How to prioritize your post-graduation debt - WSMV Channel 4

How to prioritize your post-graduation debt

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© Adam Gault / Digital Vision / Thinkstock © Adam Gault / Digital Vision / Thinkstock


By Andrew Housser

Flowers are blooming, birds are singing and graduation caps are flying. Each spring, 3.5 million U.S. young people graduate from high school. Nearly 3 million more receive an associate’s or bachelor’s degree. 

With the celebration comes a painful reality: Today, the average college graduate owes more than $37,000 in student loans, which they will begin repaying at about $300 a month. Many new grads will soon establish their own households and begin managing their finances – a phase sometimes called “adulting.” How well they manage their money can have long-lasting effects, from their credit scores to their ability to buy a home or car in the future, or even get a job. 

To help new grads “adult” more effectively, here are six essentials to prioritizing and managing money and debt. 

Pay on time. No matter what debt and what bill you are paying, pay on time, every time. On-time payments account for more than one-third of your credit score. One tactic to make sure you pay on time is to set accounts up to automatically pay the minimum amount due. That way, bills will not slip through the cracks. You can go back and pay more – which should be the goal – at any time.

Eliminate credit card debt. More than 50 percent of college students have at least one credit card. That statistic does not mean that every new grad is ready for a credit card, though. The average credit card interest rate is about 16.5 percent. People who have little credit history – such as new graduates – are likely to pay higher rates. If you are a new grad with a balance on your credit card, work to pay it off as soon as possible, and ideally before you must begin making student loan payments. Then commit that you will pay your credit card charges in full each month.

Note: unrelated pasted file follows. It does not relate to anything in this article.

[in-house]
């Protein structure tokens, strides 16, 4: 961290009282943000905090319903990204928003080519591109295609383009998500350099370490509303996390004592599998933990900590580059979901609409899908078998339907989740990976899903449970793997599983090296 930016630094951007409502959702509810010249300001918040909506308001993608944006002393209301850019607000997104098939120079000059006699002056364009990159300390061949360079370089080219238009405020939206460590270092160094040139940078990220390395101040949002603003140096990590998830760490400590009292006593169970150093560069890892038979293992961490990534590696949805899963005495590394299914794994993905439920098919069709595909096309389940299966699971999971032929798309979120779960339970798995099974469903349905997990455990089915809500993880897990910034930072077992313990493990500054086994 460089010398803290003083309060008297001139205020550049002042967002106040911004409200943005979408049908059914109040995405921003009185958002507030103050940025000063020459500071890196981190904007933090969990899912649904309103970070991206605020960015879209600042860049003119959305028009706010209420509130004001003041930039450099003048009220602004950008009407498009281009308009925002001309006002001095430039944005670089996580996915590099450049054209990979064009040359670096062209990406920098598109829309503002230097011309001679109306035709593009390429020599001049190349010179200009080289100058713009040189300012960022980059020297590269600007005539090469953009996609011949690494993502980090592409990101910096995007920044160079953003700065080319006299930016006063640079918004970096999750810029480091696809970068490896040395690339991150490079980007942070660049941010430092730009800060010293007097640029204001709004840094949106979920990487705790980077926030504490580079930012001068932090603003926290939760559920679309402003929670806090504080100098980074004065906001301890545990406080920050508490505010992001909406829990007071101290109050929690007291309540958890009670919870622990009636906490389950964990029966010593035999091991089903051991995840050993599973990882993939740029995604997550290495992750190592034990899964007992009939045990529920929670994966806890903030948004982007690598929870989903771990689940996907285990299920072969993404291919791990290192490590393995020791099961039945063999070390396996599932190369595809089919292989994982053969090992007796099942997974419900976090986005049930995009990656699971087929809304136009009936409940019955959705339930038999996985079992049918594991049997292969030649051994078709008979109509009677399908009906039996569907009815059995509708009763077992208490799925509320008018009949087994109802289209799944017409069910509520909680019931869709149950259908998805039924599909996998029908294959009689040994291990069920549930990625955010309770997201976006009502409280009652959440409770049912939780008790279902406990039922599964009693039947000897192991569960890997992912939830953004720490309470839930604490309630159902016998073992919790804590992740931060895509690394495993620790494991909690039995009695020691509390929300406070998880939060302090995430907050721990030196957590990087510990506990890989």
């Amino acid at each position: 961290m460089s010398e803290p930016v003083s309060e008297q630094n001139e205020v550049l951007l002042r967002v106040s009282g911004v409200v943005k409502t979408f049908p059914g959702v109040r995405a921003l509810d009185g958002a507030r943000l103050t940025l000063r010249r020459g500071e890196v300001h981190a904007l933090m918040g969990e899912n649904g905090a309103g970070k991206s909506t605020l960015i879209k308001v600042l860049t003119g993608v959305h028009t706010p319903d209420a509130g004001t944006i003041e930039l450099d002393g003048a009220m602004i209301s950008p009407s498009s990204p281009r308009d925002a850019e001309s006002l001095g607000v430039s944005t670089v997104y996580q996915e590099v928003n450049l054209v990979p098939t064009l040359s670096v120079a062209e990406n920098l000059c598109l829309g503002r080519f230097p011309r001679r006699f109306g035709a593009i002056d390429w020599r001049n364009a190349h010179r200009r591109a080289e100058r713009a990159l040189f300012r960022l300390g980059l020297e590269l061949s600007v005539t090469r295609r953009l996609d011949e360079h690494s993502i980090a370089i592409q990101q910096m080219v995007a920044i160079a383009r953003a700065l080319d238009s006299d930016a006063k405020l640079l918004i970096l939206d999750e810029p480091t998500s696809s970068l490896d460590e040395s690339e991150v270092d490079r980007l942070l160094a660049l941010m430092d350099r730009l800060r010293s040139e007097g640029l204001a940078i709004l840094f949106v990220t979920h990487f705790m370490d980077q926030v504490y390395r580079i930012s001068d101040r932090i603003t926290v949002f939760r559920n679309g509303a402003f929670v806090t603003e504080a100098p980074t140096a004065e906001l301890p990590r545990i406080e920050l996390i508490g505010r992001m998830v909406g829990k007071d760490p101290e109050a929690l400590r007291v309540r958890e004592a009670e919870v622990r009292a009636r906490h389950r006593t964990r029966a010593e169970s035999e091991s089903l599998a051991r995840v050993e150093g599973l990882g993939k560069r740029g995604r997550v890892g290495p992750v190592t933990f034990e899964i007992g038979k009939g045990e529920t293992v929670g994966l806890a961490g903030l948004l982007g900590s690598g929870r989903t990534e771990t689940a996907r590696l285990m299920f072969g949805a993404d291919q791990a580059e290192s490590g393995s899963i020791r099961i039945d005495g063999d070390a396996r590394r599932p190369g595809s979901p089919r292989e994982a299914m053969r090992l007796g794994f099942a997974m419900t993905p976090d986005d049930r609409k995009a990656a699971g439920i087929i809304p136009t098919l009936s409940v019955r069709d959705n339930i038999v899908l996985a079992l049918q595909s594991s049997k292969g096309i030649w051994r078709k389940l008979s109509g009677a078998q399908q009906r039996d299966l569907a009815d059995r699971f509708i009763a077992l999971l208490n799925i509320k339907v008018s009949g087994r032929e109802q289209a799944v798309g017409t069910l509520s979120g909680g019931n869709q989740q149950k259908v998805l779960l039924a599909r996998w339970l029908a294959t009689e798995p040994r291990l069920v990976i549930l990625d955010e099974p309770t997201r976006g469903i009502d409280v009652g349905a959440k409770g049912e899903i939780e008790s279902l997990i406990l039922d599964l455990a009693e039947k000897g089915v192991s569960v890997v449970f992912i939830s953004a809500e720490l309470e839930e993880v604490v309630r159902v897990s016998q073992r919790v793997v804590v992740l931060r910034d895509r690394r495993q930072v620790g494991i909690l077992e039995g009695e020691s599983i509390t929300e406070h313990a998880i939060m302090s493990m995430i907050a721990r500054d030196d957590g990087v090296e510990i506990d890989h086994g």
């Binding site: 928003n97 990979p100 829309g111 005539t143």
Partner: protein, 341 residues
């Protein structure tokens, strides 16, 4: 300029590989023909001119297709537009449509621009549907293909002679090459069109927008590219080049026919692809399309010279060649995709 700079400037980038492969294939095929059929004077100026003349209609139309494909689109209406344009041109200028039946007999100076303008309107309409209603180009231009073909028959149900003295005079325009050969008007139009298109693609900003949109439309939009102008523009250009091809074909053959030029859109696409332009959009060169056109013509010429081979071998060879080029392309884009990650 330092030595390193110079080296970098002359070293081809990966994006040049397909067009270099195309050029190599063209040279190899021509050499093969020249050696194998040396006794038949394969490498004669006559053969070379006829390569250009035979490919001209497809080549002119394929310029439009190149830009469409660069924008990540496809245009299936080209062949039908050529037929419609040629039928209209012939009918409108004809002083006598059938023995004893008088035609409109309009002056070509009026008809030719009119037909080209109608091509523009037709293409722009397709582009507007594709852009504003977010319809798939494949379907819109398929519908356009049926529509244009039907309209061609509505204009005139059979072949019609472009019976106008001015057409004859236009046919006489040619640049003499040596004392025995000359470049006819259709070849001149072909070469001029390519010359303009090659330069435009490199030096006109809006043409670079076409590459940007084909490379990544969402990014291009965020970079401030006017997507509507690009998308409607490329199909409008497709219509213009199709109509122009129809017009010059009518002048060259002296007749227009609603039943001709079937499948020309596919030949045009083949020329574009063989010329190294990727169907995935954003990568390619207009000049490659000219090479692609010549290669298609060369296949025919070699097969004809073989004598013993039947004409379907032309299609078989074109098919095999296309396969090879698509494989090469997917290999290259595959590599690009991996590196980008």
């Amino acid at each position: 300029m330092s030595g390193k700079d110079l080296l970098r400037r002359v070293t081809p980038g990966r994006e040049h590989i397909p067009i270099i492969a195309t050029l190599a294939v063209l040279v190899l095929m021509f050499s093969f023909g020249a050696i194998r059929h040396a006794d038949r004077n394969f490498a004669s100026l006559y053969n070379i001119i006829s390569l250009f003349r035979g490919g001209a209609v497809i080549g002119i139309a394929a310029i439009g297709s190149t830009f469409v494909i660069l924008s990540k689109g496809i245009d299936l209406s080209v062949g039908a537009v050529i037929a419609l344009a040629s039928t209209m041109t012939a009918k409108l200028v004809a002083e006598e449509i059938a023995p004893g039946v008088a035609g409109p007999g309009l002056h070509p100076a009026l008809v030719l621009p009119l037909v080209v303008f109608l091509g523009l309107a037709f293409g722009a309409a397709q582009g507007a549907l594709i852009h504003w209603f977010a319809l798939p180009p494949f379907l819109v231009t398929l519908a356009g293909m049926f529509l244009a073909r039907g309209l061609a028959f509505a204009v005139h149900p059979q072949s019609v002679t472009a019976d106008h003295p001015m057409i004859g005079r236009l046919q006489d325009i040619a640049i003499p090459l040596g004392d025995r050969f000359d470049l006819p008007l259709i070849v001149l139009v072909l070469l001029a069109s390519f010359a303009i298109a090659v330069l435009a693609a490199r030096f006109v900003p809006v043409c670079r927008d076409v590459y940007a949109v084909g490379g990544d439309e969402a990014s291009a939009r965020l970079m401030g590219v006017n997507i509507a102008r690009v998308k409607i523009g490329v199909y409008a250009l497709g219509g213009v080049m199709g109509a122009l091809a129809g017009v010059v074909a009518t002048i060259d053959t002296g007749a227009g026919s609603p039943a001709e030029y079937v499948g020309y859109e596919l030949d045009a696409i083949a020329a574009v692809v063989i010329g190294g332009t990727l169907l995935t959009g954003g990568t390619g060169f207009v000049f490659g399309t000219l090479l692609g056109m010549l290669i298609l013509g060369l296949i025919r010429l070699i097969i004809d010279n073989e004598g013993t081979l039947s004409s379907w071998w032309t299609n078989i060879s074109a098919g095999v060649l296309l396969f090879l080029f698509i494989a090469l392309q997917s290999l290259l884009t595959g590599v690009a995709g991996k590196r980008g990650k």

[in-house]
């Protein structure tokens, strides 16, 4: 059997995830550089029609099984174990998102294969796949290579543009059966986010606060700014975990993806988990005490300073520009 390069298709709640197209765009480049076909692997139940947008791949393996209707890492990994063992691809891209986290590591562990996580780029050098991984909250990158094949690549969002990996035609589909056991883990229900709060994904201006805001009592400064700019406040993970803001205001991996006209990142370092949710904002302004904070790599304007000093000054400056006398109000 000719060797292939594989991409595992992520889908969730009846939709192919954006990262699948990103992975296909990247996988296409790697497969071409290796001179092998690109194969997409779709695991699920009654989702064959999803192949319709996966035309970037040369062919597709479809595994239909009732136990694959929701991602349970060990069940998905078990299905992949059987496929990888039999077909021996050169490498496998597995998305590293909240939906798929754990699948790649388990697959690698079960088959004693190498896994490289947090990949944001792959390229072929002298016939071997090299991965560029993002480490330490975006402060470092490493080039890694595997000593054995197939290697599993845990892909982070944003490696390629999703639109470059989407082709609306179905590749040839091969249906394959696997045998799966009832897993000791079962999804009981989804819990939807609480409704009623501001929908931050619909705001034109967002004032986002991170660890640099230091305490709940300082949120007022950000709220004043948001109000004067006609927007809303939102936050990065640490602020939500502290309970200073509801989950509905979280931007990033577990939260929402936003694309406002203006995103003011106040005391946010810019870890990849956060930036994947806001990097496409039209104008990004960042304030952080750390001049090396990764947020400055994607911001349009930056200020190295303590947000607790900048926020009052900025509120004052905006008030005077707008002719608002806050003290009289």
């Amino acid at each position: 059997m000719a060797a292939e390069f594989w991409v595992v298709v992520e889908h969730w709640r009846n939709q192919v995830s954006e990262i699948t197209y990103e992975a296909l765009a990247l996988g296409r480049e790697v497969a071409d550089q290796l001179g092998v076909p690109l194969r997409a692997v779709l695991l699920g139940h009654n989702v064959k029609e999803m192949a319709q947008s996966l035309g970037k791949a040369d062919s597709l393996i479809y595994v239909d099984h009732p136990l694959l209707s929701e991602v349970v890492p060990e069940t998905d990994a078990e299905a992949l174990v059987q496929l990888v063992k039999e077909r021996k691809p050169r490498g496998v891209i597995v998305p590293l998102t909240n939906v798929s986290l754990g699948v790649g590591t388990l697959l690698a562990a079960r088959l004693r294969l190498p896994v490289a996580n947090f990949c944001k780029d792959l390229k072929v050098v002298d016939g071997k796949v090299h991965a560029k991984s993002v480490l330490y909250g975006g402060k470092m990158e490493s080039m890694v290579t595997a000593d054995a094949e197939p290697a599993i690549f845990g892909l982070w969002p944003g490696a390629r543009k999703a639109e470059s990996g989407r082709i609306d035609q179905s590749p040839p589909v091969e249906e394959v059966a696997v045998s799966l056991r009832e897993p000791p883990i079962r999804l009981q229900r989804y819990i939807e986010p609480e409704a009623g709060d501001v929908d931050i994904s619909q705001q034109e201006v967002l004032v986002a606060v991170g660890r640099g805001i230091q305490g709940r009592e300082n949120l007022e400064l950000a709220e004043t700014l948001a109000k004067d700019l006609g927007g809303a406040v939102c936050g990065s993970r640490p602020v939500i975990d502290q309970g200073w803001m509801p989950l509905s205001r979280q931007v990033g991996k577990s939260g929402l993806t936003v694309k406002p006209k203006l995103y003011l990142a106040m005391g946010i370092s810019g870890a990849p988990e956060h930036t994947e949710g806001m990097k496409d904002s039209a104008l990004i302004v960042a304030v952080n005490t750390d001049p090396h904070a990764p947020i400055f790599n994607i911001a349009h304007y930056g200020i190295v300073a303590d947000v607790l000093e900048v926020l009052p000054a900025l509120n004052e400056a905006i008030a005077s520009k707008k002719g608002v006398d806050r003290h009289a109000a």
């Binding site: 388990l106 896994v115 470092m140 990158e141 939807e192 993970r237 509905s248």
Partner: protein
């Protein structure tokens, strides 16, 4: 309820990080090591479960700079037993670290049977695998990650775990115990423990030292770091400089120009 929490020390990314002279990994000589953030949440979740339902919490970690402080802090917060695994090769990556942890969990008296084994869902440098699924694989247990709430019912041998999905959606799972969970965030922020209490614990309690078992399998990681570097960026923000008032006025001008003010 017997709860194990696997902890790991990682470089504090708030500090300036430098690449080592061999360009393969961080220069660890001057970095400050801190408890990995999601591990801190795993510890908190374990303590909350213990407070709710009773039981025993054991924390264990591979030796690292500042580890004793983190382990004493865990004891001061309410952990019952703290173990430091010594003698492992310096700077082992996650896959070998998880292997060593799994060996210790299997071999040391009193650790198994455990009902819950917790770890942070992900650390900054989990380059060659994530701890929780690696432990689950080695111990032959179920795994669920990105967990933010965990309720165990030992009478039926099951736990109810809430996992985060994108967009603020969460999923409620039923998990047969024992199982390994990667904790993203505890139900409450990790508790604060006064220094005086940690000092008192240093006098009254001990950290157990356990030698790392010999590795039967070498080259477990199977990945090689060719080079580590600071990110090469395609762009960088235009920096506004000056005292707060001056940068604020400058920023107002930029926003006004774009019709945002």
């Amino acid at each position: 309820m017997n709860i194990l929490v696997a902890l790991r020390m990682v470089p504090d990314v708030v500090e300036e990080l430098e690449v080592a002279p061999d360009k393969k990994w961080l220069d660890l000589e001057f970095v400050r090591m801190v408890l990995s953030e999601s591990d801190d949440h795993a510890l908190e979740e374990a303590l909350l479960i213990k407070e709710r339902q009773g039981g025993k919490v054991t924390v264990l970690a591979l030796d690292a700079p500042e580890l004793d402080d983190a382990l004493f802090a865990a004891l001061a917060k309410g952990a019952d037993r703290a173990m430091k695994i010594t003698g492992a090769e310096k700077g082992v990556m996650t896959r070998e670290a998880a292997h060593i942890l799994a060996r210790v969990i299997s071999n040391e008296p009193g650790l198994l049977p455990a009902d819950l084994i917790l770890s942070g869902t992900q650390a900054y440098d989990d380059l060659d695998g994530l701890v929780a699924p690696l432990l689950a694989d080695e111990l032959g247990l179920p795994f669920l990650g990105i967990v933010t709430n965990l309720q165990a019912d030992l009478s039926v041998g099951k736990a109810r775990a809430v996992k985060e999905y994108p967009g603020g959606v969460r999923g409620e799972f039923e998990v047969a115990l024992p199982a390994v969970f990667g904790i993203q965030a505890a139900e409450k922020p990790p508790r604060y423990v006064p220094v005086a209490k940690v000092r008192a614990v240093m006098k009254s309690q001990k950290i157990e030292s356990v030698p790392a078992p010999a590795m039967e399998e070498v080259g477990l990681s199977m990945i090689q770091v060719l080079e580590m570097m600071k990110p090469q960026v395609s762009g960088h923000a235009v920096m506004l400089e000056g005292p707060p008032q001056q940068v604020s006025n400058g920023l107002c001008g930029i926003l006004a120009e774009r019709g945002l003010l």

Stay on top of student loans. Most student loans have a six-month grace period after graduation before regular payments begin. During this period, review your loan programs and options. Some professions have programs that help repay student loans, whether in monthly assistance, one-time payoffs or matching funds. Those who work in professions like teaching or public service might qualify for loan forgiveness. Most people can take an income tax deduction of up to $2,500 per year in student loan interest payments. Some qualify for options such as income-based repayment plans or consolidation. Above all, if you think you will have trouble making payments, contact your lender to ask about alternative arrangements.

Be careful about taking on vehicle debt. Diploma in hand, you may be bombarded with auto loan offers. Manufacturers and dealers often offer new graduates cash back, special financing and no-money-down deals. Remember, though, that the less you put down, the more you will pay over time. The average monthly payment on a new car is about $500. Consider such a payment carefully. If you forego buying a new car, you could repay student loans much more quickly. You would also save thousands of dollars in interest payments on that car.

Start an emergency fund. An emergency fund will help you avoid rushing to a credit card for unexpected expenses. Deposit monetary graduation gifts in a savings account dedicated as an emergency fund. With each paycheck, contribute as much as possible – ideally 10 percent. Build this emergency fund to cover at least six months of basic living expenses.

Save for retirement. Accumulating funds for retirement may not directly figure into current debt payment. But it will help assure a more financially stable life in years to come. As hard as it may be to contribute to retirement savings while paying off student loan or other debt, your future self will thank you for doing so. Enroll in your employer’s retirement plan or open an individual retirement account (IRA). Get into the habit of investing 10 percent of your income toward retirement. For example, if you saved $100 per month, earning 6.5 percent annual interest, your balance would grow to more than $320,000 over 45 years. 

Finishing school is an accomplishment. Celebrate your achievements by setting out on the next step of your journey – the journey to financial success. By getting ahead now, your future becomes even brighter.

Andrew Housser is a co-founder and CEO of Bills.com, a free one-stop online portal where consumers can educate themselves about personal finance issues and compare financial products and services. He also is co-CEO of Freedom Financial Network, LLC providing comprehensive consumer credit advocacy and debt relief services. Housser holds a Master of Business Administration degree from Stanford University and Bachelor of Arts degree from Dartmouth College.
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